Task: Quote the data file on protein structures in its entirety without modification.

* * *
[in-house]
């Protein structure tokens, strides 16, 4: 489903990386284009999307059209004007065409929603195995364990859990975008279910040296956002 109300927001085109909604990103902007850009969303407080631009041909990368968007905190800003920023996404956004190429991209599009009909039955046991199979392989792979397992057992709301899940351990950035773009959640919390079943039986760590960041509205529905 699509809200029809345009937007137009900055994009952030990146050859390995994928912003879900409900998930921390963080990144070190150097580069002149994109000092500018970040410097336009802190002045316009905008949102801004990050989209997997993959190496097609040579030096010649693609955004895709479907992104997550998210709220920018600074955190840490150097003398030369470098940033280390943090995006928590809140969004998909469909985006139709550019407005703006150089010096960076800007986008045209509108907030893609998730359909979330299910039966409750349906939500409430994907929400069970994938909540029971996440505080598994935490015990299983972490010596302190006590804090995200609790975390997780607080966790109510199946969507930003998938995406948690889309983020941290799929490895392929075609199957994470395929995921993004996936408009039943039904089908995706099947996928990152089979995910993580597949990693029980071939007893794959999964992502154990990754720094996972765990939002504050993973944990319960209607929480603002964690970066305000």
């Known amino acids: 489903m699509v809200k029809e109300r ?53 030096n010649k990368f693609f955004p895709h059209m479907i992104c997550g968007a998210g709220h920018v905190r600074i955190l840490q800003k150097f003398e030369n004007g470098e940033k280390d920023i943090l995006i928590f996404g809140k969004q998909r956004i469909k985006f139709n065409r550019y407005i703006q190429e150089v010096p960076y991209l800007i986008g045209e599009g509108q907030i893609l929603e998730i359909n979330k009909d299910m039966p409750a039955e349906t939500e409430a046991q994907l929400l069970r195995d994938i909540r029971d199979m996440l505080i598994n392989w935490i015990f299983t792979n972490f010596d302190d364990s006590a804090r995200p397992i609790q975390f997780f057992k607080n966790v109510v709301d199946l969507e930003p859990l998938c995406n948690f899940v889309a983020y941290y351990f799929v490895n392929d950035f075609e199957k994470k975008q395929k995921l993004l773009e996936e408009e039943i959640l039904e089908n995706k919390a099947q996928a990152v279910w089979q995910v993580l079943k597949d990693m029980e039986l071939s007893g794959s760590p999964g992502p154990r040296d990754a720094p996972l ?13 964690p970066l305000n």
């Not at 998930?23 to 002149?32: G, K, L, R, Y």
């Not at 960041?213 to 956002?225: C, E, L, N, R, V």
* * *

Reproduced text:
[in-house]
């Protein structure tokens, strides 16, 4: 489903990386284009999307059209004007065409929603195995364990859990975008279910040296956002 109300927001085109909604990103902007850009969303407080631009041909990368968007905190800003920023996404956004190429991209599009009909039955046991199979392989792979397992057992709301899940351990950035773009959640919390079943039986760590960041509205529905 699509809200029809345009937007137009900055994009952030990146050859390995994928912003879900409900998930921390963080990144070190150097580069002149994109000092500018970040410097336009802190002045316009905008949102801004990050989209997997993959190496097609040579030096010649693609955004895709479907992104997550998210709220920018600074955190840490150097003398030369470098940033280390943090995006928590809140969004998909469909985006139709550019407005703006150089010096960076800007986008045209509108907030893609998730359909979330299910039966409750349906939500409430994907929400069970994938909540029971996440505080598994935490015990299983972490010596302190006590804090995200609790975390997780607080966790109510199946969507930003998938995406948690889309983020941290799929490895392929075609199957994470395929995921993004996936408009039943039904089908995706099947996928990152089979995910993580597949990693029980071939007893794959999964992502154990990754720094996972765990939002504050993973944990319960209607929480603002964690970066305000």
């Known amino acids: 489903m699509v809200k029809e109300r ?53 030096n010649k990368f693609f955004p895709h059209m479907i992104c997550g968007a998210g709220h920018v905190r600074i955190l840490q800003k150097f003398e030369n004007g470098e940033k280390d920023i943090l995006i928590f996404g809140k969004q998909r956004i469909k985006f139709n065409r550019y407005i703006q190429e150089v010096p960076y991209l800007i986008g045209e599009g509108q907030i893609l929603e998730i359909n979330k009909d299910m039966p409750a039955e349906t939500e409430a046991q994907l929400l069970r195995d994938i909540r029971d199979m996440l505080i598994n392989w935490i015990f299983t792979n972490f010596d302190d364990s006590a804090r995200p397992i609790q975390f997780f057992k607080n966790v109510v709301d199946l969507e930003p859990l998938c995406n948690f899940v889309a983020y941290y351990f799929v490895n392929d950035f075609e199957k994470k975008q395929k995921l993004l773009e996936e408009e039943i959640l039904e089908n995706k919390a099947q996928a990152v279910w089979q995910v993580l079943k597949d990693m029980e039986l071939s007893g794959s760590p999964g992502p154990r040296d990754a720094p996972l ?13 964690p970066l305000n």
């Not at 998930?23 to 002149?32: G, K, L, R, Y």
């Not at 960041?213 to 956002?225: C, E, L, N, R, V």